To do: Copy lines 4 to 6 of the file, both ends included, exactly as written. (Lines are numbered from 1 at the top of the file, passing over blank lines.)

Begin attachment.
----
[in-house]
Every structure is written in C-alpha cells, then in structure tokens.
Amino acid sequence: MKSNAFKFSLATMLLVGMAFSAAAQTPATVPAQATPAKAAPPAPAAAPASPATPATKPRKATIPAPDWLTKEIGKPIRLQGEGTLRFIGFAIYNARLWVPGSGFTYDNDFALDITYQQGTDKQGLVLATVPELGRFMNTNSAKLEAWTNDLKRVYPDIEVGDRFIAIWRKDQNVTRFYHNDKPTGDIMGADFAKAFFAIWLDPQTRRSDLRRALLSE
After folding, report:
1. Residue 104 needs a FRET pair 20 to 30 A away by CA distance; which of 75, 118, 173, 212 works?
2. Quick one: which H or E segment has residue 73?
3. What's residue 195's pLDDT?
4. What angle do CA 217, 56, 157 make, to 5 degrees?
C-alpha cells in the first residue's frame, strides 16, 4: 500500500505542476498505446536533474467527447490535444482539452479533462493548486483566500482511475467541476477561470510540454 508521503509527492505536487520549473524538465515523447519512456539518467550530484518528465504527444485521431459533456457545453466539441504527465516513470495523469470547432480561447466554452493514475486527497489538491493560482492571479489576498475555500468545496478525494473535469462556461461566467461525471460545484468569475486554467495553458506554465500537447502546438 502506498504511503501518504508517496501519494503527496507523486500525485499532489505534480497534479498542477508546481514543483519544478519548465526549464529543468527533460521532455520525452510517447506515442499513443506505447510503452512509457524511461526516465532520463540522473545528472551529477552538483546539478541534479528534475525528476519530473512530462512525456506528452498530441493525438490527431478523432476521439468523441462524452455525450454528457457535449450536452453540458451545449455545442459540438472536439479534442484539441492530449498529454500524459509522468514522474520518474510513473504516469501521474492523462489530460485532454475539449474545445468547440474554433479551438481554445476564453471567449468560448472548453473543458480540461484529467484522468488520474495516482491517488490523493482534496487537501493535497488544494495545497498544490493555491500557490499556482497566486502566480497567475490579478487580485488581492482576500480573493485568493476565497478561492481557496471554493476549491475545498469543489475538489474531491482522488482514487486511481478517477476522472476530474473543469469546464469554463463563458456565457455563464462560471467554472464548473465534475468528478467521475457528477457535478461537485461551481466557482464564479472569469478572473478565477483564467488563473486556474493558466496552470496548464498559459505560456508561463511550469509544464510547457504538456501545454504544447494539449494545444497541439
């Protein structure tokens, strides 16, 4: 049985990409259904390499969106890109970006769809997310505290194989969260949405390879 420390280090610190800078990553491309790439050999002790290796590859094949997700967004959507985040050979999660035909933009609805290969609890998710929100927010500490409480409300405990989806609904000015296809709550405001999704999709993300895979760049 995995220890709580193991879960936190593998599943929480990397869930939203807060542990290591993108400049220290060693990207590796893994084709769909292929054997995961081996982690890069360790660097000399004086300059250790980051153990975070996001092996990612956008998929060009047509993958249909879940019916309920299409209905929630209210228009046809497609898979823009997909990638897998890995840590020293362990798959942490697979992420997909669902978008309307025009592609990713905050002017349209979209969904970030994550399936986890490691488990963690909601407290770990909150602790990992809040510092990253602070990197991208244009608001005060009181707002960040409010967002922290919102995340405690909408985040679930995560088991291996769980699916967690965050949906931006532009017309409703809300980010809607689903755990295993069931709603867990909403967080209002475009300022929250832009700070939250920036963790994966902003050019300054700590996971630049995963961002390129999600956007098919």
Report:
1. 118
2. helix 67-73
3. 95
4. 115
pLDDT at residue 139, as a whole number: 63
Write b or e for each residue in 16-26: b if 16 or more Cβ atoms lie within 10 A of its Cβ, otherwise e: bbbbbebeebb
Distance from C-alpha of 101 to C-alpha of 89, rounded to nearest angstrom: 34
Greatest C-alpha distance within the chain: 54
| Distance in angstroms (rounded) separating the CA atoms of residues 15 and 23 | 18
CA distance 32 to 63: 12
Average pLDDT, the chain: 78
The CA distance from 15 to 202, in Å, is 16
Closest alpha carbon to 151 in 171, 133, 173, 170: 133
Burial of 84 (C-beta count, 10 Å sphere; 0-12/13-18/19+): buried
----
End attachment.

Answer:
After folding, report:
1. Residue 104 needs a FRET pair 20 to 30 A away by CA distance; which of 75, 118, 173, 212 works?
2. Quick one: which H or E segment has residue 73?